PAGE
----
Because CEOs of public companies are usually financially secure, the authors wanted to look at the stress of running a public company under the pressure of being at risk of a hostile takeover or managing the business when it’s under financial duress. Since they are financially secure this variable should not be a cause of negative health outcomes. This allows them to focus on the non-financial price of being at risk of a buyout and dealing with corporate financial distress.Being the CEO of a public company, particularly one that is at risk of being taken over and/or experience financial distress, is detrimental to one’s health as compared to those who don’t face the same concerns and challenges.Click To Tweet
The authors find clear evidence that being the CEO of a public company, particularly one that is at risk of being taken over and/or experience financial distress, is detrimental to one’s health as compared to those who don’t face the same concerns and challenges.
The researchers studied CEOs whose companies were domiciled in states that had laws that made hostile takeovers more difficult and those in states where there were no restrictions. The former would obviously be under less pressure from a hostile takeover arising as compared to the latter. This is what the researchers found.
Working for more years with anti-takeover protection was associated with longer CEO life expectancy. Working an additional year in a legal environment with greater takeover protection lowered the annual mortality rate by about 5 percent for a typical CEO, increasing his or her lifespan by just over two years.
And the longer the CEOs worked under anti-takeover laws, the longer their life expectancy compared to those who worked less time under them as the following chart shows.
Since we don’t have to worry about being taken over, this stress is not present for us at CWS. What we do have exposure to, as well as all public CEOs, is the risk of a material downturn in our business. And I know from experience that this can be extremely stressful because of the responsibility we feel to our investors to protect their capital. Downturns often necessitate dividend cuts and sometimes the need for additional capital. These are not fun conversations to have with investors but they are necessary because the goal is to not lose properties that will come out the other side much healthier if there is the financial and emotional staying power to ride out the storm.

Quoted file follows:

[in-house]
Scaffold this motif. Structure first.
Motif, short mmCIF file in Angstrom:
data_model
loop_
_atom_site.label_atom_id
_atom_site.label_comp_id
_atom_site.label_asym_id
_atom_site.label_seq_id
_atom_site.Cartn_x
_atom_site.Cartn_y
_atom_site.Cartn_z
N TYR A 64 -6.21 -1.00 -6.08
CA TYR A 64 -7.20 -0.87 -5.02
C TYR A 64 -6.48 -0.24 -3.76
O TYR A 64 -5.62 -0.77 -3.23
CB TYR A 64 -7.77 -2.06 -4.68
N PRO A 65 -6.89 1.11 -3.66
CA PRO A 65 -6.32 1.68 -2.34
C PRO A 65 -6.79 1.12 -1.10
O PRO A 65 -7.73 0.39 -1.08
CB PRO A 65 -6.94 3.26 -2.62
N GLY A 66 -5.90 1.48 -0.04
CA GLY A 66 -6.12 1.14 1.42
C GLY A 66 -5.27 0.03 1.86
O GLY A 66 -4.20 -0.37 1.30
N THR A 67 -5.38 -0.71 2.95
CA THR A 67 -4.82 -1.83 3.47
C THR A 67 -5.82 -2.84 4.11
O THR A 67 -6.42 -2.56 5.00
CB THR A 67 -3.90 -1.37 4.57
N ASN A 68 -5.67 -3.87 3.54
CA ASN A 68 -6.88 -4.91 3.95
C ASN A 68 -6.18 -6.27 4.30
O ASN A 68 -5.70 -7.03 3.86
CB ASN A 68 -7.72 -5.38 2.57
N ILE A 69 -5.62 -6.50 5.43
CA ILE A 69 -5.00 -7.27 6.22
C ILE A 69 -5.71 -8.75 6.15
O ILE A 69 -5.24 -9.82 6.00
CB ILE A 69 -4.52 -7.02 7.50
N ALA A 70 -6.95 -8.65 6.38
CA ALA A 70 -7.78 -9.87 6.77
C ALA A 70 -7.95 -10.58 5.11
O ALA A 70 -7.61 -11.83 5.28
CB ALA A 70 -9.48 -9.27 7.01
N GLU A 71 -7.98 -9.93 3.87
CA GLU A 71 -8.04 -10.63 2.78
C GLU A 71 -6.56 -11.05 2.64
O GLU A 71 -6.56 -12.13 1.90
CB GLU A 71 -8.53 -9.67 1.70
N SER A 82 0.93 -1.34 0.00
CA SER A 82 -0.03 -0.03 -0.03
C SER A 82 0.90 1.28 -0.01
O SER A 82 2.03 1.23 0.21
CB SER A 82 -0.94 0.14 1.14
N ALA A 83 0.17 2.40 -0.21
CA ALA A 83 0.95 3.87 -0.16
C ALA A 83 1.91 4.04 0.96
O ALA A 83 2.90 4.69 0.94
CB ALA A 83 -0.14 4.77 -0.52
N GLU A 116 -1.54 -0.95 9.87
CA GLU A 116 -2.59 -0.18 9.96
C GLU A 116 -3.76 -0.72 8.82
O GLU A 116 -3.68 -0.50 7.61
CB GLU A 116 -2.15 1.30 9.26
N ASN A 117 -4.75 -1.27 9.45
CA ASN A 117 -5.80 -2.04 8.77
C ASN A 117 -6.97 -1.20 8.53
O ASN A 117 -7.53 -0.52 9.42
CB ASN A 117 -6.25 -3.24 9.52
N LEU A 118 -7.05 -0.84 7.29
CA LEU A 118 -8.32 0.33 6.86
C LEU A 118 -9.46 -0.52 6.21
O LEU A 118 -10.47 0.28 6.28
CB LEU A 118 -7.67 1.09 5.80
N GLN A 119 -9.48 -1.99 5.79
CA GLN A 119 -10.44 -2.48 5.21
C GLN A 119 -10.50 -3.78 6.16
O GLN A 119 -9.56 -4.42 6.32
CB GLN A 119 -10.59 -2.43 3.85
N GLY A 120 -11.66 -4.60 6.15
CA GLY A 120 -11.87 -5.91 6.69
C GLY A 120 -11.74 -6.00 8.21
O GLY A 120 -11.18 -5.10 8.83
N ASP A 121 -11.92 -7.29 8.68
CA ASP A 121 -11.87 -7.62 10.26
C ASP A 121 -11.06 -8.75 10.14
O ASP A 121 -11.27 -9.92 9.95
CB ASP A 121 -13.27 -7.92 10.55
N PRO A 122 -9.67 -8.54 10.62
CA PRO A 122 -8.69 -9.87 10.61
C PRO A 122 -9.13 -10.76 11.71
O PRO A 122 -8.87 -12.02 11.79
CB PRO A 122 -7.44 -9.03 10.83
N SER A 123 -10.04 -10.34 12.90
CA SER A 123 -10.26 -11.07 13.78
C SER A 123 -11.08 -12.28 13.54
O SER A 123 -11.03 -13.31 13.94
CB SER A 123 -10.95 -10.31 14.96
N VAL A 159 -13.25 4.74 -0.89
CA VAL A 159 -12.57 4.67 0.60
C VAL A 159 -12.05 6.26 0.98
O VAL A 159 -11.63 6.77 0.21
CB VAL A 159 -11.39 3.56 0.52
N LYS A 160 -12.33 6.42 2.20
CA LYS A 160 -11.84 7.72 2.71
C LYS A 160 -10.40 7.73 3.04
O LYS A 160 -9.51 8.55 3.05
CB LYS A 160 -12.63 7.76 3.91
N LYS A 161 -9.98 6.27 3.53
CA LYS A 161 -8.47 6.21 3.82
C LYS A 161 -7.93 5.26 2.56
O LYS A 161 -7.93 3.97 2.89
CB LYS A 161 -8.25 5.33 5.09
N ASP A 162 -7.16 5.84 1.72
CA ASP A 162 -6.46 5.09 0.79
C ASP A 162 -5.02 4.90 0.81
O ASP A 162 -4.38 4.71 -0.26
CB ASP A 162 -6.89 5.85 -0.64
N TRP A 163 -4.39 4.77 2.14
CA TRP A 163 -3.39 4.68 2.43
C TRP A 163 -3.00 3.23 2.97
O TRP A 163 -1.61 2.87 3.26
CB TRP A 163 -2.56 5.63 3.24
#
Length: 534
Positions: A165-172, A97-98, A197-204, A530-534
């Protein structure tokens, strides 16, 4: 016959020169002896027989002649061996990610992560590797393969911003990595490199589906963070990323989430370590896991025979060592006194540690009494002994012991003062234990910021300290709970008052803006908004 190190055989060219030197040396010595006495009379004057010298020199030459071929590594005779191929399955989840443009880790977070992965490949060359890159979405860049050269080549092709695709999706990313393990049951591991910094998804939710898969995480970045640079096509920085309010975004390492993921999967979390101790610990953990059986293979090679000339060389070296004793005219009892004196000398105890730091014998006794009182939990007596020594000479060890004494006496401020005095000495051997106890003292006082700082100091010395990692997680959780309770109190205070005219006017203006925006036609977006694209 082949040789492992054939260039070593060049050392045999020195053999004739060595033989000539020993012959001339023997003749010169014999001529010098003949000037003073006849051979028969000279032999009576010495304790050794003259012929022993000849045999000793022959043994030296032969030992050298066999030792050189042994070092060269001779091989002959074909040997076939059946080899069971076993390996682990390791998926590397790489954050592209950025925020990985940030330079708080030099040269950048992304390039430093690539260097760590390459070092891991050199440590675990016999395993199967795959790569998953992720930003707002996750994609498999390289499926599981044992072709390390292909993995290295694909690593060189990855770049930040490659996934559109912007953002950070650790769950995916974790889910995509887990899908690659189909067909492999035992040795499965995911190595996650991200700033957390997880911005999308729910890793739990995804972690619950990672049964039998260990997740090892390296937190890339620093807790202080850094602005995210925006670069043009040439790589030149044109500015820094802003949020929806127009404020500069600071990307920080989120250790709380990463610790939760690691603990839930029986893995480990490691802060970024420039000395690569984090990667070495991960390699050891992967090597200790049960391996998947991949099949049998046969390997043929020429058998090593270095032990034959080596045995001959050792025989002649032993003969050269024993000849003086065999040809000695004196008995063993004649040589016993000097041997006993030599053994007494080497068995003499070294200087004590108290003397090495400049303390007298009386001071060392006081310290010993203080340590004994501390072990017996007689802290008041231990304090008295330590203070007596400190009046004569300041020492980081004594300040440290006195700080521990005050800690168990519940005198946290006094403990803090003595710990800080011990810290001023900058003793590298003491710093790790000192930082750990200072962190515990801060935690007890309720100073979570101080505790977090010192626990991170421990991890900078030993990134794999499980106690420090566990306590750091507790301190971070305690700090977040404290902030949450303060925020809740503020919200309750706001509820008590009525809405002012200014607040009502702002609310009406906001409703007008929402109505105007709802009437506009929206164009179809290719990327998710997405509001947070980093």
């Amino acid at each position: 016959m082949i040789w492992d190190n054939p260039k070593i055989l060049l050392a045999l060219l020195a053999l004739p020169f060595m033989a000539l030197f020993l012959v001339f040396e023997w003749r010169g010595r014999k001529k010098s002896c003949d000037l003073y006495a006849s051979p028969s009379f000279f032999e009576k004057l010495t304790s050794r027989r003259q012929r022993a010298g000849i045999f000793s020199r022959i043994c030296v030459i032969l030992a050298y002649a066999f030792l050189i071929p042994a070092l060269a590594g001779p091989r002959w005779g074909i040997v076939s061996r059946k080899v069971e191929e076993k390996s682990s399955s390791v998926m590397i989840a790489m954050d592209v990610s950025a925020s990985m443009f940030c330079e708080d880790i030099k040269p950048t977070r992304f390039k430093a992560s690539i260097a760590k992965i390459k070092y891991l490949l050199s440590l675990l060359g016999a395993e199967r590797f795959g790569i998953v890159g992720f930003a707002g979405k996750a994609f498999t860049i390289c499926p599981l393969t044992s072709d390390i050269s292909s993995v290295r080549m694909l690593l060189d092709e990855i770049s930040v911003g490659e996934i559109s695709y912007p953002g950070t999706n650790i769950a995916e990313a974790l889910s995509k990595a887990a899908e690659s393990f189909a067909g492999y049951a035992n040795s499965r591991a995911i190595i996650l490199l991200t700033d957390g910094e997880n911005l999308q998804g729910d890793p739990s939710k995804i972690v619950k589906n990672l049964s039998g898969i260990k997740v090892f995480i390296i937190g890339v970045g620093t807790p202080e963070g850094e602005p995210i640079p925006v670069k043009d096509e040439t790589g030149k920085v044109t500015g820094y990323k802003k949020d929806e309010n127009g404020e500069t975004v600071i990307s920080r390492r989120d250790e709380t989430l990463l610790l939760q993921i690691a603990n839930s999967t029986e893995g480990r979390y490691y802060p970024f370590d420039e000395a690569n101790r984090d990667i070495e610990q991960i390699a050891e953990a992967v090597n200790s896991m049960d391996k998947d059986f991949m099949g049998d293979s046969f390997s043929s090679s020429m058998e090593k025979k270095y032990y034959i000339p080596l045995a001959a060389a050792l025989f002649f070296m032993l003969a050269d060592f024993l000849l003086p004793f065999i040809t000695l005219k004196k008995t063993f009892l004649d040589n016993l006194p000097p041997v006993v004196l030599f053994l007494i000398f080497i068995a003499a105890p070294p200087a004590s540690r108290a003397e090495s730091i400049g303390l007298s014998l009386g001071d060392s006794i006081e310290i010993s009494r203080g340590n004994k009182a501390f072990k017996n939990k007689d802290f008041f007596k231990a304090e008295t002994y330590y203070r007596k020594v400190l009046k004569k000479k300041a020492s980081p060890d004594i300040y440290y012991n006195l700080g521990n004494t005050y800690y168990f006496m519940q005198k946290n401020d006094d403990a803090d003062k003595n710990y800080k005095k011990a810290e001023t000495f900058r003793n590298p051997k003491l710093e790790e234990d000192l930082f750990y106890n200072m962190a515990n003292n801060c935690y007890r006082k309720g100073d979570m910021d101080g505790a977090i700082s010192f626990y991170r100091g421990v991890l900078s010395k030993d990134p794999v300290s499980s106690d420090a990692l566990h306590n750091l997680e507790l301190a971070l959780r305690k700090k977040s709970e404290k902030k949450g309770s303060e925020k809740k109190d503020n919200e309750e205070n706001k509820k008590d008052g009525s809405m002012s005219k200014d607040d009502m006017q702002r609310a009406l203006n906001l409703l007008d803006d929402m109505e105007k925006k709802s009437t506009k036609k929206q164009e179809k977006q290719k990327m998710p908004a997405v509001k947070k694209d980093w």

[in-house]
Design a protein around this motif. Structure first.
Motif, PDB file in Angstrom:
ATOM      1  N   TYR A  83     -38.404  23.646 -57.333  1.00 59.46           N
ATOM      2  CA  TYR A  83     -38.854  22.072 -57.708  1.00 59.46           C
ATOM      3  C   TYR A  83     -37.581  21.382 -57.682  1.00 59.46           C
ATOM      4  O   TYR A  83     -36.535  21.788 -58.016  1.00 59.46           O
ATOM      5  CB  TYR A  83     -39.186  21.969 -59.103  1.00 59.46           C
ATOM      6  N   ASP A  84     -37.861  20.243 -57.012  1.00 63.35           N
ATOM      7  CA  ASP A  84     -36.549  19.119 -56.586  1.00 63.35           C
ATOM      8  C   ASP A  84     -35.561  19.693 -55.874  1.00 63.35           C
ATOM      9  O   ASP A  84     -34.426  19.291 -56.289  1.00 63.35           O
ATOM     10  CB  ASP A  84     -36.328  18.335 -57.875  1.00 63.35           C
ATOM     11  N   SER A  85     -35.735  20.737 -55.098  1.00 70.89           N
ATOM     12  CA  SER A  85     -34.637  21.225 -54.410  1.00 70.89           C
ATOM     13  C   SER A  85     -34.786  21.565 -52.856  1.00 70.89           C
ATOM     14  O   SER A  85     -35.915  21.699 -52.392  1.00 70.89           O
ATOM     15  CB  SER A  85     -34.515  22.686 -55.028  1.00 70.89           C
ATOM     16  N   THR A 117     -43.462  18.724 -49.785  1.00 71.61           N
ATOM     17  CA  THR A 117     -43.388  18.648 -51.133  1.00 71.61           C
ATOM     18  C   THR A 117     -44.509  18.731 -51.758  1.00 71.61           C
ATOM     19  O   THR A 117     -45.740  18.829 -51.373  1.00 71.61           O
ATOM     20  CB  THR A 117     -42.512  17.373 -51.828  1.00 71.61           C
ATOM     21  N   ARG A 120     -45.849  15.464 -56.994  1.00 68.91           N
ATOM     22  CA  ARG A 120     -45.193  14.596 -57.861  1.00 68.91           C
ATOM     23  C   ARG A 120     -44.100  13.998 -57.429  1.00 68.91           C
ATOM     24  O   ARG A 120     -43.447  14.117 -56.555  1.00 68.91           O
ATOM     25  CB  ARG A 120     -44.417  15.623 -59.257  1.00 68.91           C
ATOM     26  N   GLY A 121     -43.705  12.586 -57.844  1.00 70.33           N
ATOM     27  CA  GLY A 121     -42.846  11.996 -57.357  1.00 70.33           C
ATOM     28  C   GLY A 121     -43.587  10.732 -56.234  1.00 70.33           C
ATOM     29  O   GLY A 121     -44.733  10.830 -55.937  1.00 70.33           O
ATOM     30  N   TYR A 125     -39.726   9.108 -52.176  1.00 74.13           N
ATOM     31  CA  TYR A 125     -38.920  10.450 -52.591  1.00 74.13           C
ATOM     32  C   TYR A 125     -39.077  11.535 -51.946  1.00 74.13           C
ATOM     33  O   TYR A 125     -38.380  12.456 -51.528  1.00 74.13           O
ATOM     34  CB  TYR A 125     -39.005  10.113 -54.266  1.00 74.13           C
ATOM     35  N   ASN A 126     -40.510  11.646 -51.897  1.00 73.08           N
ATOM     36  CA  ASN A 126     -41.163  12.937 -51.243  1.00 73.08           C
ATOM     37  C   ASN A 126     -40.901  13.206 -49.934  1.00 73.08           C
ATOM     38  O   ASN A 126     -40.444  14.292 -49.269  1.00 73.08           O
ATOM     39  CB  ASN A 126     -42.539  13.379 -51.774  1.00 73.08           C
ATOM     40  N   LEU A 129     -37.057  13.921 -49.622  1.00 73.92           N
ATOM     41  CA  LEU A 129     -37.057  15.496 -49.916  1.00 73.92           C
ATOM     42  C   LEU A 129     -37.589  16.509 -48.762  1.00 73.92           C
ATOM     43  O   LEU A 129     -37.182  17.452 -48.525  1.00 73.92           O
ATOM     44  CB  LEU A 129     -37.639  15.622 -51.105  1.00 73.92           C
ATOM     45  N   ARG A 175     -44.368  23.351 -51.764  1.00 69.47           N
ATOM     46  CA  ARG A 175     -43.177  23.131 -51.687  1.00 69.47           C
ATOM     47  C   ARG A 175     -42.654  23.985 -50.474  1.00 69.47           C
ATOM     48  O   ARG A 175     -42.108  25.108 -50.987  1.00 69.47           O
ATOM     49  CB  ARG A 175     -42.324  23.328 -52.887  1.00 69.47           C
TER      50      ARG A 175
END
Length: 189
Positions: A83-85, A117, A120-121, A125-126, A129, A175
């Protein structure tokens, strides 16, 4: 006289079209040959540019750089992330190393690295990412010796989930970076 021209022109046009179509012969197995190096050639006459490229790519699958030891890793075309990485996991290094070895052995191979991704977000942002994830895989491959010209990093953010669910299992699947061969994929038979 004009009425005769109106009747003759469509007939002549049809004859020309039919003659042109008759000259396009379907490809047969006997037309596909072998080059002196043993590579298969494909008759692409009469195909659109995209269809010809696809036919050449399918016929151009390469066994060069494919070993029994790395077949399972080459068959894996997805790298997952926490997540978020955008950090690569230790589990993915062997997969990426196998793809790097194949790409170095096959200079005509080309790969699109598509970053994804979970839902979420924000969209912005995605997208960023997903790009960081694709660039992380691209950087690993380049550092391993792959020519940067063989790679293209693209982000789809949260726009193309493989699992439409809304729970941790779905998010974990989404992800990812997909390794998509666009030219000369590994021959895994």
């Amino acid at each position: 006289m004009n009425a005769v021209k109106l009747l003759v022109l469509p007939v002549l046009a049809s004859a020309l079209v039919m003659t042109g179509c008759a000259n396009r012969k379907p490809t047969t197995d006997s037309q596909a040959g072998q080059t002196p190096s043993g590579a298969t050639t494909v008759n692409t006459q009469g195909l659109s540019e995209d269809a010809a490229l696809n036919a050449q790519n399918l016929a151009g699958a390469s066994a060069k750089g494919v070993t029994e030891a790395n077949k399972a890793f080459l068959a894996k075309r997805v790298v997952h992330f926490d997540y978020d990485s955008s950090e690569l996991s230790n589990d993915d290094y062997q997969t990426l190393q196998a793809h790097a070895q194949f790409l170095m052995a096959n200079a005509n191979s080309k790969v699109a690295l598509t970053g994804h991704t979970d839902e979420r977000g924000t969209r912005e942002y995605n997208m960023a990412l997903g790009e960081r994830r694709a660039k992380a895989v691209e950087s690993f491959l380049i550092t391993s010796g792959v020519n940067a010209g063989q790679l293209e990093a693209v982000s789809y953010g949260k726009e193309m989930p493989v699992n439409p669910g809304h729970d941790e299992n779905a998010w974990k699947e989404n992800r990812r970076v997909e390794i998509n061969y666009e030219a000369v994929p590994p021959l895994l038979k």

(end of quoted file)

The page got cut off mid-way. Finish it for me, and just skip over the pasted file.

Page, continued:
What did the authors find out about the impact of financial stress on a CEO’s life expectancy?
The researchers also study how industry-wide distress — defined as a 30 percent drop in the stock price of the median firm in the industry, persisting for at least two years — affects CEO longevity. Forty percent — 648 out of 1,605 CEOs in the sample — experienced at least one period of industry distress. Fewer than 20 percent experienced two or more shocks, and fewer than one in ten faced three or more shocks. CEOs who were in office during industry-wide distress, on average, died 1.4 years earlier than those who did not experience such shocks. This effect is smaller than the estimated effect of BC laws, perhaps because the latter apply to much longer periods.
The lesson here is to follow the advice that Warren Buffett gives about how to avoid avalanches. Don’t be on the mountain when one strikes. Run a company with very good fundamentals and build it for resilience. The research shows that 40% of CEOs in the study experienced financial distress at least one time. This is not an insignificant percentage and shows the importance of building a company that recognizes that downturns have a high probability of occurring and doing one’s best to prepare for them.
Finally, in what I find to be the most fascinating part of the study, the authors use machine learning software to look at pictures of CEOs before and after the financial crisis of 2008 to come up with how many excess years they have aged compared to those who didn’t run firms under financial stress. We all see how presidents grow much older looking after four to eight years in the presidency and we intuitively know it must be largely related to the stress and incredible responsibility of the job. Presumably the same would be true for CEOs who ran companies that were under financial distress during the financial crisis.
The study also considers stress associated with the 2008 financial crisis. The researchers analyze the evolution of the “apparent age” of corporate leaders (how old they look), comparing those who led firms that were hard-hit by the crisis with those at firms that were less affected. They measured CEOs’ “apparent age” using visual machine-learning software, which was applied to about 3,000 pre- and post-crisis facial images of a recent CEO sample consisting of the 2006 Fortune 500 CEOs. Prior to the financial crisis, the software generally returned estimates of apparent age that did not systematically vary depending on whether CEOs would subsequently be hit hard by the crisis. During and after the crisis, however, there was a substantial increase in the “apparent aging” of CEOs leading firms in distressed industries compared with other CEOs. The apparent age of CEOs in industries that suffered the most during the crisis rose by about 1.2 years more than that of the CEOs in non-distressed businesses.
What’s the bottom line of their research?
The researchers conclude that “stricter governance and economic downturns constitute a substantial personal cost for CEOs in terms of their health and life expectancy.”
When I look at pictures of Howard Lutnick he does not seem to have aged rapidly in spite of all of the pressures he has faced over the years. Something tells me he thrives on crisis management and being in the public spotlight.
If this is not how you’re wired then I suggest you think long and hard about going into high-pressure fields where missing deadlines have huge consequences and the pressure you get from clients and investors can be relentless.
The financial rewards may be very significant but from the research cited it can come at a cost to one’s health and welfare.